Zimbabwe Says It’s on Course to Clear $1.8 Billion Loan Arrears

  • Country negotiating for new financing after arrears clearance
  • Government ‘frantically’ looking for money for state workers

Zimbabwe will clear the $1.8 billion of arrears it owes the the World Bank, International Monetary Fund and African Development Bank once it has a new financing plan with the three multilateral lenders, Finance Minister Patrick Chinamasa said.

The southern African nation is continuing negotiations with the three on financing industries such as agriculture, Chinamasa said in an interview in Rwanda’s capital, Kigali. A survey of how much money is required is being undertaken and once agreed, it will enable the economy to access fresh funding from the three lenders.

“A strategy for clearing of arrears is running parallel with negotiations for a country finance program,” Chinamasa said. “Neither of them is complete. A country finance program should be in place before and we should be clear how much money we need. Only then can we clear the arrears.”

Chinamasa said earlier this year the country would repay at least $1.8 billion by the end of June to be able it to resume borrowing. Last week, central bank Governor John Mangudya said Zimbabwe has not paid anything. The nation owes $110 million to the IMF, $1.1 billion to the World Bank and $601 million to the AfDB, Mangudya said.

Chinamasa has been leading efforts to revive the southern African nation’s struggling economy and tap fresh financing from the IMF. The economy has halved in size over the past 16 years and about 90 percent of the population is out of formal employment.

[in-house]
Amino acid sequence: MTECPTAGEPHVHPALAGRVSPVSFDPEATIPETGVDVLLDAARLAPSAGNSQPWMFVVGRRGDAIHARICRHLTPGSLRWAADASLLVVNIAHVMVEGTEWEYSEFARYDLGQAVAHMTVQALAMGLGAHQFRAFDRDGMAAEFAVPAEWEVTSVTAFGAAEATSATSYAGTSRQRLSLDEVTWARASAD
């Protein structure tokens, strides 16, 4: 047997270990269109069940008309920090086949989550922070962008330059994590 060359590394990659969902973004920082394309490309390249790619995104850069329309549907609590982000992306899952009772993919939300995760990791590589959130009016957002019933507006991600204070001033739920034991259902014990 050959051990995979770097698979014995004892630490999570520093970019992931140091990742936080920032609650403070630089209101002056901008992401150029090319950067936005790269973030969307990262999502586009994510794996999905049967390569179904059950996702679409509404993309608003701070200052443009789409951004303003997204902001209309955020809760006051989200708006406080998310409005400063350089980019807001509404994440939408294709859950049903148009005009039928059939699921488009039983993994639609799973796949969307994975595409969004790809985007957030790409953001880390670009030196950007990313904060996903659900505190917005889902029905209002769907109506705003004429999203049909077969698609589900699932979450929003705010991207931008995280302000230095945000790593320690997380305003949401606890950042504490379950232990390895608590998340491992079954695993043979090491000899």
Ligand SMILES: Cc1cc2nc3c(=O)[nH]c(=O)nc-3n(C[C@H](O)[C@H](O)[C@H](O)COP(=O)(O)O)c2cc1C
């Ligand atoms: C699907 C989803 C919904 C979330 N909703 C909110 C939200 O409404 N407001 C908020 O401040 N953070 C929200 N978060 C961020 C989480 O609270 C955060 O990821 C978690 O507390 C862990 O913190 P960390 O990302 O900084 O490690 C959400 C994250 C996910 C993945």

“What Zimbabwe needs right now is new money into the productive sectors of the economy,” he said. “Just clearing arrears alone is not enough, it will mean our risk profile improves, but that alone is not enough.”

Working Frantically

The government has banned some South African imports ranging from baked beans to wheelbarrows and wants to renegotiate trade deals with the nation that is also its largest trading partner, Chinamasa said. There is “inequity in our trading relations” and discussions on restructuring trade relations would be undertaken by the respective trade ministers.

“We should not allow a situation where we are being used as dumping ground for cheap South African goods,” he said.

The government may have to revise its 2016 growth forecast downwards as productivity declines, he said. Industrial production was very low and the shift toward the informal sector affects revenue collection and the state’s ability to pay workers. Zimbabwe has already cut its forecast to between 1.1 percent and 1.5 percent this year, from 2.7 percent earlier, on account of a drought in the region.

Chinamasa couldn’t say whether the government has money to pay salaries due at the end of July.

“We have to work frantically to raise the money for salaries for July and for subsequent months,” he said.

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